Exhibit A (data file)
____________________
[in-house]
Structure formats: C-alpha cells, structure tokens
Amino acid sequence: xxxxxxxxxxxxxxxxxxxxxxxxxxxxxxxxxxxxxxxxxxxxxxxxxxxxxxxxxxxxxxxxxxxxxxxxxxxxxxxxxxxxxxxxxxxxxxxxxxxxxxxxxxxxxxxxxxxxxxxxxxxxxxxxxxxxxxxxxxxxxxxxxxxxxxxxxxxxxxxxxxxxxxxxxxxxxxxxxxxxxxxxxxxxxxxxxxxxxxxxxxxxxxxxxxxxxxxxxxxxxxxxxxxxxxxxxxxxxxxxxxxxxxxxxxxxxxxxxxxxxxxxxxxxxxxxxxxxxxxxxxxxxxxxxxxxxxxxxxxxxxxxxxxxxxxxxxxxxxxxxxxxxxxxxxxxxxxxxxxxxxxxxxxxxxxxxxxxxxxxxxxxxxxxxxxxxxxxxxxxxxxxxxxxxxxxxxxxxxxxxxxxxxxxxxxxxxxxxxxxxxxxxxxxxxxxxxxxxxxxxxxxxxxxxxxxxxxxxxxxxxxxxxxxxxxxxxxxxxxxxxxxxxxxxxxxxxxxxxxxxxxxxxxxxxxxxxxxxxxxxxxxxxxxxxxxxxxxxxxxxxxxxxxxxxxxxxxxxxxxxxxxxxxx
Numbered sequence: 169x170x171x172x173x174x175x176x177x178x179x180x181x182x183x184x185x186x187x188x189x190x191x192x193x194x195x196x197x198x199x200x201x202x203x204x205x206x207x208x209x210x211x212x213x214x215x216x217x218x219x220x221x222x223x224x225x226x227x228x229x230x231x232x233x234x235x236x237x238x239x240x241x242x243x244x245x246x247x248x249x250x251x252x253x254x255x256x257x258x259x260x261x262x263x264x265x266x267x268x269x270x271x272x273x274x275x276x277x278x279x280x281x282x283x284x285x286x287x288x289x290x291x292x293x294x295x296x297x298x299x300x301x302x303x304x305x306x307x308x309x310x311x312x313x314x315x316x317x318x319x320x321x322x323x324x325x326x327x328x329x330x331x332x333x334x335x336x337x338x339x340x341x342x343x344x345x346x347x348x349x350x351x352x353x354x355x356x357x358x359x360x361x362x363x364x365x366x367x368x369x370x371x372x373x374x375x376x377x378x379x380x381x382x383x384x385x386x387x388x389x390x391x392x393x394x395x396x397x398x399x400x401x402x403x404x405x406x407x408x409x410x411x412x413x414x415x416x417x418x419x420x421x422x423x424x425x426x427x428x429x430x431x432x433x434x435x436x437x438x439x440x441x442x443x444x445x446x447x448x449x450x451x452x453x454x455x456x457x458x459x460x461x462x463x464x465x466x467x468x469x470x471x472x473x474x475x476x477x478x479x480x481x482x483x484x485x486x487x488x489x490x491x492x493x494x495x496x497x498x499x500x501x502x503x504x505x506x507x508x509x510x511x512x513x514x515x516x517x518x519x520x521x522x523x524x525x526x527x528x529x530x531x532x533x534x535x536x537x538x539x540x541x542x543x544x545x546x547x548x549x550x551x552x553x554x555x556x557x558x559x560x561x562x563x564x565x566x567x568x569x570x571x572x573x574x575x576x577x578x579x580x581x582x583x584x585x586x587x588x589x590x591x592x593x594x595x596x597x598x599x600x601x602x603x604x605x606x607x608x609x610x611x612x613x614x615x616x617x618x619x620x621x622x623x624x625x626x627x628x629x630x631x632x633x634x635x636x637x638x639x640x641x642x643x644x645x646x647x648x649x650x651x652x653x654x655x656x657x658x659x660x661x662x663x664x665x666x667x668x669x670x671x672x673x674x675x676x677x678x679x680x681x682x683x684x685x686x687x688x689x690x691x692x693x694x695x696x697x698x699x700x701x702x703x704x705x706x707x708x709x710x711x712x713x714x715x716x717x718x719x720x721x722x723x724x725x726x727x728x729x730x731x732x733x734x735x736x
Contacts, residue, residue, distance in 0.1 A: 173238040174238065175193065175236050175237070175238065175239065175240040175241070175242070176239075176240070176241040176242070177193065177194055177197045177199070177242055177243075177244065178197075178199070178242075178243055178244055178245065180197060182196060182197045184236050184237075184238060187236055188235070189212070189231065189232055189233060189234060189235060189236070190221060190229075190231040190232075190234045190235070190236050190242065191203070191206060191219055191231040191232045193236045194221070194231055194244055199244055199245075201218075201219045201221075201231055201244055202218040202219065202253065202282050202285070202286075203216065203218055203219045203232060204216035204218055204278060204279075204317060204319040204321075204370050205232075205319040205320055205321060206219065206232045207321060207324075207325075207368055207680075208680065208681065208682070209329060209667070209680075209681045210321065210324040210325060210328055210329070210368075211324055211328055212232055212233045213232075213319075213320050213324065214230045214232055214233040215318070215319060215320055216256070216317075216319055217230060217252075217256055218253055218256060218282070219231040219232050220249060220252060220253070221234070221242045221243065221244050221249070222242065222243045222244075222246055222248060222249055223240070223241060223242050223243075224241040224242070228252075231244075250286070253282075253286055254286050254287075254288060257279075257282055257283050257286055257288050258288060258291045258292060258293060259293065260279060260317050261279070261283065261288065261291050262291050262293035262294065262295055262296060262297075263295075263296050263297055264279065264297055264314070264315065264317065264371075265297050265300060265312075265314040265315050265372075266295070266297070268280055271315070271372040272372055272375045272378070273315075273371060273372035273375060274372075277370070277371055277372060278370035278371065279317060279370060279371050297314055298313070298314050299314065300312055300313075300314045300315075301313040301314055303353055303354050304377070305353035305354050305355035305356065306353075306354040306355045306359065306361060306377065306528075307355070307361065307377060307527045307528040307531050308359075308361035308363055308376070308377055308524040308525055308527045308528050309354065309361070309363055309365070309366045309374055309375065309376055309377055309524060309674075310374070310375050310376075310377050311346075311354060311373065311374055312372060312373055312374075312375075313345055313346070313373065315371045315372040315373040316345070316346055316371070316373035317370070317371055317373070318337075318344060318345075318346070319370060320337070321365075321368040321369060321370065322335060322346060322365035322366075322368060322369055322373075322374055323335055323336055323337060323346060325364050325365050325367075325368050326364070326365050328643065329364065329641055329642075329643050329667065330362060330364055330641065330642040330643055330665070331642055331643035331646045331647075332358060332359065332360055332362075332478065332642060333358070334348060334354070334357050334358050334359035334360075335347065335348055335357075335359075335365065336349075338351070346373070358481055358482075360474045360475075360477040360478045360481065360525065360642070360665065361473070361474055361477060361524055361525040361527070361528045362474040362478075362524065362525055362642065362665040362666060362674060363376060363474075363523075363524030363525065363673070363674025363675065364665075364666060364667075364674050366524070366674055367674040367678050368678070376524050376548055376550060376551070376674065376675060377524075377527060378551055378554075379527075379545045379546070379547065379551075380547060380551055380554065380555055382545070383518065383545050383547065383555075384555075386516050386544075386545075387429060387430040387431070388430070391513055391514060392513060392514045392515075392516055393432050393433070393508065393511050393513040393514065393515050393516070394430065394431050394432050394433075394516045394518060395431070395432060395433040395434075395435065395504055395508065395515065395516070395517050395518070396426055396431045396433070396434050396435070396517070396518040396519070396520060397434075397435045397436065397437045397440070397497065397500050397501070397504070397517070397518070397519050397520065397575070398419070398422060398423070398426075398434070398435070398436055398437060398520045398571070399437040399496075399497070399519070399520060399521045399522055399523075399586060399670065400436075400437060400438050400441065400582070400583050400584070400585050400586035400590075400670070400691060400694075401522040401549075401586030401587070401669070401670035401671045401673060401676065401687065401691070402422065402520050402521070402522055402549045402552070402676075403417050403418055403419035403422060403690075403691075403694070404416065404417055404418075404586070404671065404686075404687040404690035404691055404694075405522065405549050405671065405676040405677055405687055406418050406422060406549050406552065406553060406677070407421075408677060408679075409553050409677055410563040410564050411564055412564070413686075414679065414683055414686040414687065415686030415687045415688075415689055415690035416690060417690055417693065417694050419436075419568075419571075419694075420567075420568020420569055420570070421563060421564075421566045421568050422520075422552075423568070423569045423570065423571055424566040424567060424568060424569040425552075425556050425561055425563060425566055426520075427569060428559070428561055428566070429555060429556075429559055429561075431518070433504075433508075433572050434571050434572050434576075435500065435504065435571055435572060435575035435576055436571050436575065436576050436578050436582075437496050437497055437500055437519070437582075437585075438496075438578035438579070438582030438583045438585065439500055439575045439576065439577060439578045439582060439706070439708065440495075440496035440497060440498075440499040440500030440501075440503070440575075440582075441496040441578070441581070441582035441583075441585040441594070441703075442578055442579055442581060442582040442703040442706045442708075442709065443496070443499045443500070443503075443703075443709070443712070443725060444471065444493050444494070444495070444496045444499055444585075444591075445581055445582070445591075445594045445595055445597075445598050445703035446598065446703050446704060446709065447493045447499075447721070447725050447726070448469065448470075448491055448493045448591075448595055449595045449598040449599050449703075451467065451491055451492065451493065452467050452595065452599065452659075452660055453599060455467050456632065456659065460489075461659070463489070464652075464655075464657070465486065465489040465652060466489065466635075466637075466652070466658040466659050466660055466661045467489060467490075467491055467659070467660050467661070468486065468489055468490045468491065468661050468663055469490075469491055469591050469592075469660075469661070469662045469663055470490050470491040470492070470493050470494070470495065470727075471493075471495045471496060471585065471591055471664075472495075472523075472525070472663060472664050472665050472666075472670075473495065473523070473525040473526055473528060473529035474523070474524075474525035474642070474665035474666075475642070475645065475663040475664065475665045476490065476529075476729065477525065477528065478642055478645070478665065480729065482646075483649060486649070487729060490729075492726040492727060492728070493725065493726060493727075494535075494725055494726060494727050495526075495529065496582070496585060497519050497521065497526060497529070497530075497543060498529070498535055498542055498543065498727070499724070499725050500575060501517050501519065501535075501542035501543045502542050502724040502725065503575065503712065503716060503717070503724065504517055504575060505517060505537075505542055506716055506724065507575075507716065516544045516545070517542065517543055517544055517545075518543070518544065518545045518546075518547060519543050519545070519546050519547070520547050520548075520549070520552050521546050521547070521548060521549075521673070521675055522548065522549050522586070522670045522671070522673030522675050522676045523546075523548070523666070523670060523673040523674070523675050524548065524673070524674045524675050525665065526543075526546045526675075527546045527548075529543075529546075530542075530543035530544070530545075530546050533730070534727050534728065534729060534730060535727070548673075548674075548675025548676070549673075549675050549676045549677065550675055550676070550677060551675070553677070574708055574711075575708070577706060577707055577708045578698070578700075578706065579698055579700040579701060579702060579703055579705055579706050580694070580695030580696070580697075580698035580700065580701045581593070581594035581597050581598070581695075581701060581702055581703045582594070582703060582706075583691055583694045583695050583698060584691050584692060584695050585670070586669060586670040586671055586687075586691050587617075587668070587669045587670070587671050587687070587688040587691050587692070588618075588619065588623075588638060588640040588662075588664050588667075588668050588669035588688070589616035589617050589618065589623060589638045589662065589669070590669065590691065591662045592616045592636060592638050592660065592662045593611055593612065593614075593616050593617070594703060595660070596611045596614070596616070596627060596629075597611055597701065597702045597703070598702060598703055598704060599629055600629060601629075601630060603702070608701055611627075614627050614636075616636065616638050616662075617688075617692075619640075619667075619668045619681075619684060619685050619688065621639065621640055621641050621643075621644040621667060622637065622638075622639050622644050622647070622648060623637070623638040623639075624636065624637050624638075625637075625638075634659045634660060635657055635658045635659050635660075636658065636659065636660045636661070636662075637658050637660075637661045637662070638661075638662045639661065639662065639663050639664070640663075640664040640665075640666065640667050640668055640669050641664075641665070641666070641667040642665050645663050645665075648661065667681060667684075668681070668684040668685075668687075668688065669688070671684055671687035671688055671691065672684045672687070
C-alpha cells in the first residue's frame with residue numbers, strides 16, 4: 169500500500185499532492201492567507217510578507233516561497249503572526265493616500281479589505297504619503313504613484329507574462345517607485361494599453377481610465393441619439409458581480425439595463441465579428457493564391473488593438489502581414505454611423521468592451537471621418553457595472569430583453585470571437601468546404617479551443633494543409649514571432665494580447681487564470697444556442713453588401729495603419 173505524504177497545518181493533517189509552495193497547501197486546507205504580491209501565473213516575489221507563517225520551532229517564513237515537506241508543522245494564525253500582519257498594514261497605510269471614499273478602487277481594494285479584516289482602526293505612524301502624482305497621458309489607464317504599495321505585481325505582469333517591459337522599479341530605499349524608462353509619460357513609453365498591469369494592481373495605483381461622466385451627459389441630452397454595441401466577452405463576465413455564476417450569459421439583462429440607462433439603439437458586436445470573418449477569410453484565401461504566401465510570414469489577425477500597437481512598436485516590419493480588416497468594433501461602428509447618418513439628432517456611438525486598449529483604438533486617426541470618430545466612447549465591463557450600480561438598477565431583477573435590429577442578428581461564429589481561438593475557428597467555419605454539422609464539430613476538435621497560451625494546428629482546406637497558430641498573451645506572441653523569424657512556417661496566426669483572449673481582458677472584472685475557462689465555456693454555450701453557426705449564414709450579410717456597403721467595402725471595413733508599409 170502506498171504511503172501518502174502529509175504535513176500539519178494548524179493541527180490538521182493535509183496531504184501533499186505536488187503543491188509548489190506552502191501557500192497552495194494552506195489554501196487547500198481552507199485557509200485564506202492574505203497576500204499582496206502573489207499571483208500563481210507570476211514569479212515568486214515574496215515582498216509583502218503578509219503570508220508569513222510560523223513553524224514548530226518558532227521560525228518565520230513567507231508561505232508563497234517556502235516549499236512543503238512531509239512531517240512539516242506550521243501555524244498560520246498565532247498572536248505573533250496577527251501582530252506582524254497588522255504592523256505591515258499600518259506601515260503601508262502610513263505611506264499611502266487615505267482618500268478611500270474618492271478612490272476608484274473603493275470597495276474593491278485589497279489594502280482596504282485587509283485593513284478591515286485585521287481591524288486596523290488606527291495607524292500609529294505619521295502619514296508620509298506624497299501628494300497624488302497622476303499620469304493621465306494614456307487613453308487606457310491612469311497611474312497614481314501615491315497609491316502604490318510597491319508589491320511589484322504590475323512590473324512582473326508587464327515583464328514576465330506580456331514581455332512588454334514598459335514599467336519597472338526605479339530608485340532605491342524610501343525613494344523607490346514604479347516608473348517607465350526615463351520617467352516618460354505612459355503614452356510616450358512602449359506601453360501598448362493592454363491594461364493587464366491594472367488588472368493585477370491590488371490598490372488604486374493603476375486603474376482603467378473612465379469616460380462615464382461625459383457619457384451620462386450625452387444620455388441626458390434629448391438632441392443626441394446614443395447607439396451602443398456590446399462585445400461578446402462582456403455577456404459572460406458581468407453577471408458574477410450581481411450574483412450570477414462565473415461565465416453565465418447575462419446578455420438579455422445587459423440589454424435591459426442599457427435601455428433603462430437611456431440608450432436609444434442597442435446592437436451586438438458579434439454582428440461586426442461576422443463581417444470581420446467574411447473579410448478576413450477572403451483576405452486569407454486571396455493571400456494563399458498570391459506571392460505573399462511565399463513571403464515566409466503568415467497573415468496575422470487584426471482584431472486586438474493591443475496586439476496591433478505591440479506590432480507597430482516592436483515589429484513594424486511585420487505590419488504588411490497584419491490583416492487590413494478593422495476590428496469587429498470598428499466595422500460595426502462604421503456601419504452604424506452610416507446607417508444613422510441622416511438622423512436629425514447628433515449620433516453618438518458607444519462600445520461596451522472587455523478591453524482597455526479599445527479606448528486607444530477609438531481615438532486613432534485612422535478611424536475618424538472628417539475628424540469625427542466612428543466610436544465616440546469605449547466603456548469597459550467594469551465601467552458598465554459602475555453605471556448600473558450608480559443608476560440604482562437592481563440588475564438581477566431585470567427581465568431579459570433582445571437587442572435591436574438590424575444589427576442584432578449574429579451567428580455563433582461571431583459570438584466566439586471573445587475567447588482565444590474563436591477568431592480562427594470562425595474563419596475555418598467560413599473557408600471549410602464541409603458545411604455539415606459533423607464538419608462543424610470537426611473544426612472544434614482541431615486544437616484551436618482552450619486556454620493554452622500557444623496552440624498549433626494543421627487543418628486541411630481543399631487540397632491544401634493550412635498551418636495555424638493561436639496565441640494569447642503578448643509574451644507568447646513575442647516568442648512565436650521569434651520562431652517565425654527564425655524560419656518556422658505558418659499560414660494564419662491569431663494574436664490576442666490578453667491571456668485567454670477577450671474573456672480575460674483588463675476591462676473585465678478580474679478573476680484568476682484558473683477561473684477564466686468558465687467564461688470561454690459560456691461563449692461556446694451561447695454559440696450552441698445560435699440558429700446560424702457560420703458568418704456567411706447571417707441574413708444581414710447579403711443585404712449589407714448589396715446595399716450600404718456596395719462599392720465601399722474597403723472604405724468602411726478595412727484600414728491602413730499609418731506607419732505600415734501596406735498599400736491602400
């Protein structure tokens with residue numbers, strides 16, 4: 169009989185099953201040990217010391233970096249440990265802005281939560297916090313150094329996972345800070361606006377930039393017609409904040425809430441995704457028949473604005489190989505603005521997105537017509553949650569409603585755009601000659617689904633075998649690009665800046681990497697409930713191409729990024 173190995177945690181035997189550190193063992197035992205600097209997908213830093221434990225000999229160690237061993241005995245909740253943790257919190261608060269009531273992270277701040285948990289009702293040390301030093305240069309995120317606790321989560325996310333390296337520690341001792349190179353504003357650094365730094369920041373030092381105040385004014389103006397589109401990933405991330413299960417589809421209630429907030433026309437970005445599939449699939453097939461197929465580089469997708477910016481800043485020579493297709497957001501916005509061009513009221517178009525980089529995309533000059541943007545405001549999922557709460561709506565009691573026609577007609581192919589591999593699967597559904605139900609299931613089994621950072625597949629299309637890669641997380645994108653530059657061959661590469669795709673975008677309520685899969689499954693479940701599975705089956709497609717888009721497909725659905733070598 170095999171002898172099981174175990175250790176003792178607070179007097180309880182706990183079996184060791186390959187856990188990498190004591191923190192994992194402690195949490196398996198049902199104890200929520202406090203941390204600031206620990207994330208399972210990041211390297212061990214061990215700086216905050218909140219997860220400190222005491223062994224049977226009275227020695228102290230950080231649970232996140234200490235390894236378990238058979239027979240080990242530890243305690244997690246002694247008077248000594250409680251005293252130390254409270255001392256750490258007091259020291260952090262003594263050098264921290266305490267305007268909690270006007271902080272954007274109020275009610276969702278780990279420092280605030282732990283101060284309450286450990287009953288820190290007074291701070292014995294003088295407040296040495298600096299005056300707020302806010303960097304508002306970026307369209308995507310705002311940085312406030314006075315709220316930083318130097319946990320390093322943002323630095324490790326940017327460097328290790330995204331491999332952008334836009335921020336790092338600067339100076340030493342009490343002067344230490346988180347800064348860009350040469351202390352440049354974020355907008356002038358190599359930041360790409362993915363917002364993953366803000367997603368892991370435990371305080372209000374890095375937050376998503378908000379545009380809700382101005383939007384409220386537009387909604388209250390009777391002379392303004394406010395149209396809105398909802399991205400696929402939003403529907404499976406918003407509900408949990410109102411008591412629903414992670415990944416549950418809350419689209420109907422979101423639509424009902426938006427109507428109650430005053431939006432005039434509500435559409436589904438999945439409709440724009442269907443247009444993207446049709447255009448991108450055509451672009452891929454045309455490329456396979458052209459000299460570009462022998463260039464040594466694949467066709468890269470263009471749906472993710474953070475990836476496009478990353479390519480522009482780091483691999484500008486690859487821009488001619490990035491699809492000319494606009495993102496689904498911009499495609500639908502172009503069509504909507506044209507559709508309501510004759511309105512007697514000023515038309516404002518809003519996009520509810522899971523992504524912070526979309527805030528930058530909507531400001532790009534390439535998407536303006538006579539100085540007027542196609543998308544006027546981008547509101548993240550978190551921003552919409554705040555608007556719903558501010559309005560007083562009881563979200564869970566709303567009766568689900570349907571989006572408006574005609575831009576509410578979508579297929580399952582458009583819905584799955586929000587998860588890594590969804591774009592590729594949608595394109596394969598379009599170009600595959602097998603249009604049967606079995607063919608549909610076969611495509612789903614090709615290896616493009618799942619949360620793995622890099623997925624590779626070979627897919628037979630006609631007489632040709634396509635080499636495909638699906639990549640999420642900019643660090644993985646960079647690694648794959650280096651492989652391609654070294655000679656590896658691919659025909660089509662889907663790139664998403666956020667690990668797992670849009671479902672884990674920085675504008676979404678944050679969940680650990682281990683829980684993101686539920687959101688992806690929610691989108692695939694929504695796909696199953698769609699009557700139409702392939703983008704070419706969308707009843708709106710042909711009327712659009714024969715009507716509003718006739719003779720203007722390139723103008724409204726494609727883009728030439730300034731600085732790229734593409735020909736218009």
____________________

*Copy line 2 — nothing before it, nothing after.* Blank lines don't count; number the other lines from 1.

Structure formats: C-alpha cells, structure tokens